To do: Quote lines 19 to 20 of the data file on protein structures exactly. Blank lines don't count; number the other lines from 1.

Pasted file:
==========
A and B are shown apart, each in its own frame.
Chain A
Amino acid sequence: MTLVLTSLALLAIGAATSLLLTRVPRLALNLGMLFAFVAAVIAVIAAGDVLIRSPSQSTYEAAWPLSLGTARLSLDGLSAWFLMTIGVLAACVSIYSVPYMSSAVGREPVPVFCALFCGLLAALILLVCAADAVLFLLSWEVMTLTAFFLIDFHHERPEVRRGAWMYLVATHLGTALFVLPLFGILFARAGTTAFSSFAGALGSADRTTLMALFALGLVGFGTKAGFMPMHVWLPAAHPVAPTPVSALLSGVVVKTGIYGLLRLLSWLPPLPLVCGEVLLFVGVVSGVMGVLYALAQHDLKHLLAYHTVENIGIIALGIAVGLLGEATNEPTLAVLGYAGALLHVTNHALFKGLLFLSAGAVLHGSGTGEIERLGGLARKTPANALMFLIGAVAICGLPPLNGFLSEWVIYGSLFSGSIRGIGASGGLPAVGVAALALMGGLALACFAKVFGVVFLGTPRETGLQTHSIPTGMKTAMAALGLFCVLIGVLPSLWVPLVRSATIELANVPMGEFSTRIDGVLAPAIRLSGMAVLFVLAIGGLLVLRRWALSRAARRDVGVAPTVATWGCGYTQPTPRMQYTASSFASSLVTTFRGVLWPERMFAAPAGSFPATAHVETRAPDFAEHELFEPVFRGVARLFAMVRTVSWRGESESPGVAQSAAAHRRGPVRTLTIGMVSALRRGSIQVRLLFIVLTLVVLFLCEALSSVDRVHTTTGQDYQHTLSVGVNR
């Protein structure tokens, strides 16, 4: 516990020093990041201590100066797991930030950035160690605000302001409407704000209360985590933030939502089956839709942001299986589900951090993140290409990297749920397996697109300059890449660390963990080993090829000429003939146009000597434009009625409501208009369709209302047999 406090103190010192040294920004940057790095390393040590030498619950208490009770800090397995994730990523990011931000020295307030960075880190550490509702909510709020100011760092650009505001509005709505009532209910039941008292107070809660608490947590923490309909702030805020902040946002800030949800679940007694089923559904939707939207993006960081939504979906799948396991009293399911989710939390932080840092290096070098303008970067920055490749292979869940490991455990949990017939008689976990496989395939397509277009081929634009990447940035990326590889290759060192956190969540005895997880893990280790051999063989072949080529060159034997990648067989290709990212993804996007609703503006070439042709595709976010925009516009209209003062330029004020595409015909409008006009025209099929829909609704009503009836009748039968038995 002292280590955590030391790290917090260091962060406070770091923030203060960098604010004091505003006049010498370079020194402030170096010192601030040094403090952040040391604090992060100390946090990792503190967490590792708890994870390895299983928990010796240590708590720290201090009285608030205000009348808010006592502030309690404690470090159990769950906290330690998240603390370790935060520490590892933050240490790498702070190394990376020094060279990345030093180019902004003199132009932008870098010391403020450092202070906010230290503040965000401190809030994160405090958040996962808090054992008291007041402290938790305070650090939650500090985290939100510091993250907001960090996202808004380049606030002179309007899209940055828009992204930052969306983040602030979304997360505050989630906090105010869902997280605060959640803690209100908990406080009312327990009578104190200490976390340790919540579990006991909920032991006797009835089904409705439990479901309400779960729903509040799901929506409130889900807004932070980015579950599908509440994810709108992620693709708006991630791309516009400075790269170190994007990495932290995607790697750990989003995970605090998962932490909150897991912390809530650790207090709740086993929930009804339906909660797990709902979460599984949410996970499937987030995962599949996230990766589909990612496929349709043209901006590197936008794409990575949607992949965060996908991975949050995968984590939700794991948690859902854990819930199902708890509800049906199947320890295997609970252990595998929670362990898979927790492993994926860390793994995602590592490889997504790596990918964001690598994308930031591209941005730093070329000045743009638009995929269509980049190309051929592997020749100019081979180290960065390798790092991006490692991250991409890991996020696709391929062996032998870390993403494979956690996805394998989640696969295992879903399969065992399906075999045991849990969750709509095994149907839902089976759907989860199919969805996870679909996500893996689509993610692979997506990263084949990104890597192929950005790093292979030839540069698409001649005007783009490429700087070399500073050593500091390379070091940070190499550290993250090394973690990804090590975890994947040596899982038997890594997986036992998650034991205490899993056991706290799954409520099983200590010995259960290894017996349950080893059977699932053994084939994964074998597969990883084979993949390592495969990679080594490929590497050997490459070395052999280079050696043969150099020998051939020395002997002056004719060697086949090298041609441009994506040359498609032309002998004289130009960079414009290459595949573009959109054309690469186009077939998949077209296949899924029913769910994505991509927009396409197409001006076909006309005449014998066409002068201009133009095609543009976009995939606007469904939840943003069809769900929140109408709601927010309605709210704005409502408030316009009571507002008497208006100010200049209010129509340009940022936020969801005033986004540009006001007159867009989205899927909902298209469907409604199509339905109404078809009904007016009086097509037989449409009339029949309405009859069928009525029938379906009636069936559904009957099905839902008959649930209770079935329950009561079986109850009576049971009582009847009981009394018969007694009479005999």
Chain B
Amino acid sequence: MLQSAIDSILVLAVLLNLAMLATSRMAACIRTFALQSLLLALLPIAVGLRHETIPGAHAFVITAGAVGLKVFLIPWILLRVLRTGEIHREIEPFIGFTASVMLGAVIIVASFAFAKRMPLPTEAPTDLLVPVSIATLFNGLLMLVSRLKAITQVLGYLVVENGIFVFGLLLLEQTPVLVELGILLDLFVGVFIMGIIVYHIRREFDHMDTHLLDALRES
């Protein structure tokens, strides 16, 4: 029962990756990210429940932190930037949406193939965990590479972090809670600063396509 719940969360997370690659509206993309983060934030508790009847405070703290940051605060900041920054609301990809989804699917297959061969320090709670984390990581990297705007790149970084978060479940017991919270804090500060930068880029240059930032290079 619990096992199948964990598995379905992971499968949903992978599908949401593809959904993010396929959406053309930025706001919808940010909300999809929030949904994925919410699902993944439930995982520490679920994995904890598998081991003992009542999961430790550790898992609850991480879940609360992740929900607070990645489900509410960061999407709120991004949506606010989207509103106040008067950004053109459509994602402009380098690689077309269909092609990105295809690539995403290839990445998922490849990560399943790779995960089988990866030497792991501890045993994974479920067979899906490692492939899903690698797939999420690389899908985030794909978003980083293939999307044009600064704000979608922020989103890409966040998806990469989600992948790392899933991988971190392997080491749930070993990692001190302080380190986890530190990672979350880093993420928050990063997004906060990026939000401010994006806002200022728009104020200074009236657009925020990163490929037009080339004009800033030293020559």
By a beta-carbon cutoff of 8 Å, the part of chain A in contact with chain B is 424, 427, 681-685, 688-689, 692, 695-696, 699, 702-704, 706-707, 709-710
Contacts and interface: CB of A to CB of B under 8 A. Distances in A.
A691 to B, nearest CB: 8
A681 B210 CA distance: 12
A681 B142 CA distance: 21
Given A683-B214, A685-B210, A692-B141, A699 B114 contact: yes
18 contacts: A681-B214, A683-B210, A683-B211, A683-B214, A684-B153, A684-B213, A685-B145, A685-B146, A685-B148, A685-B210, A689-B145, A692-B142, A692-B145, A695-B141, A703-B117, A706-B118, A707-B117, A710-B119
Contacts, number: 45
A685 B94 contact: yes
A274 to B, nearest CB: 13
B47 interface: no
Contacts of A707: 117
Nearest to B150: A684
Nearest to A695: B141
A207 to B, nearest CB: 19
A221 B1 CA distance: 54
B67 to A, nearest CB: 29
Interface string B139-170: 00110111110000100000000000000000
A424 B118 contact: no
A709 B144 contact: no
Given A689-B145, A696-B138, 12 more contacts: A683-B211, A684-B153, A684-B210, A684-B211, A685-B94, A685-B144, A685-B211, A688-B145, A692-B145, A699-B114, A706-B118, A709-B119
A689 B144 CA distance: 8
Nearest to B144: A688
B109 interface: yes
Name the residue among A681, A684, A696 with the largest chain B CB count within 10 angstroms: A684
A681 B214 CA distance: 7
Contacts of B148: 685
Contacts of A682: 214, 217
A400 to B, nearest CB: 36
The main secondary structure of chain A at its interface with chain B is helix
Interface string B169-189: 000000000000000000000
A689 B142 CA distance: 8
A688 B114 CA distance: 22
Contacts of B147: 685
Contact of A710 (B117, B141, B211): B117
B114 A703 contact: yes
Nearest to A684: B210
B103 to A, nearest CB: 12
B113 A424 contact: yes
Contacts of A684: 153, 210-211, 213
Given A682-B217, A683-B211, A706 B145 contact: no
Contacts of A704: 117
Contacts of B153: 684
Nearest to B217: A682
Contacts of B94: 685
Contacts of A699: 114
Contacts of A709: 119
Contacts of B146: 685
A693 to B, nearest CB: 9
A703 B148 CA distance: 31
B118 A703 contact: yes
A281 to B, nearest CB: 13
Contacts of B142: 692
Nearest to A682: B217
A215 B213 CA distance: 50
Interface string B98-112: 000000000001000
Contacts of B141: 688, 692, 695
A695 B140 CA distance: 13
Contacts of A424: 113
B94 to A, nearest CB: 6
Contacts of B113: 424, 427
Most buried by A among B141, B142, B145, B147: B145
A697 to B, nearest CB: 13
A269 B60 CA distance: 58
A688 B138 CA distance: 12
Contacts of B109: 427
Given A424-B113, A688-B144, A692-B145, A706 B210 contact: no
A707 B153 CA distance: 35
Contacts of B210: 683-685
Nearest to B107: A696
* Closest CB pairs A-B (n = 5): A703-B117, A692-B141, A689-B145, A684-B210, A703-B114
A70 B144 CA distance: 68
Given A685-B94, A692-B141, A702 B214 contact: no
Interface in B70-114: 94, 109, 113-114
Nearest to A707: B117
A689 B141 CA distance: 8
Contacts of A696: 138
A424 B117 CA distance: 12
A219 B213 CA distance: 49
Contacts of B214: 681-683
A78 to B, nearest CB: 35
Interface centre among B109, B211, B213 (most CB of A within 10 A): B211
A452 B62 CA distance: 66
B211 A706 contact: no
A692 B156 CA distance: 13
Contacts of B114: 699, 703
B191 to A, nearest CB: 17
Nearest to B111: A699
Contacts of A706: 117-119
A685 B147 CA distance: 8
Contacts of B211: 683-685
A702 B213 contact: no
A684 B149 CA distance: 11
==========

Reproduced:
Contacts of A707: 117
Nearest to B150: A684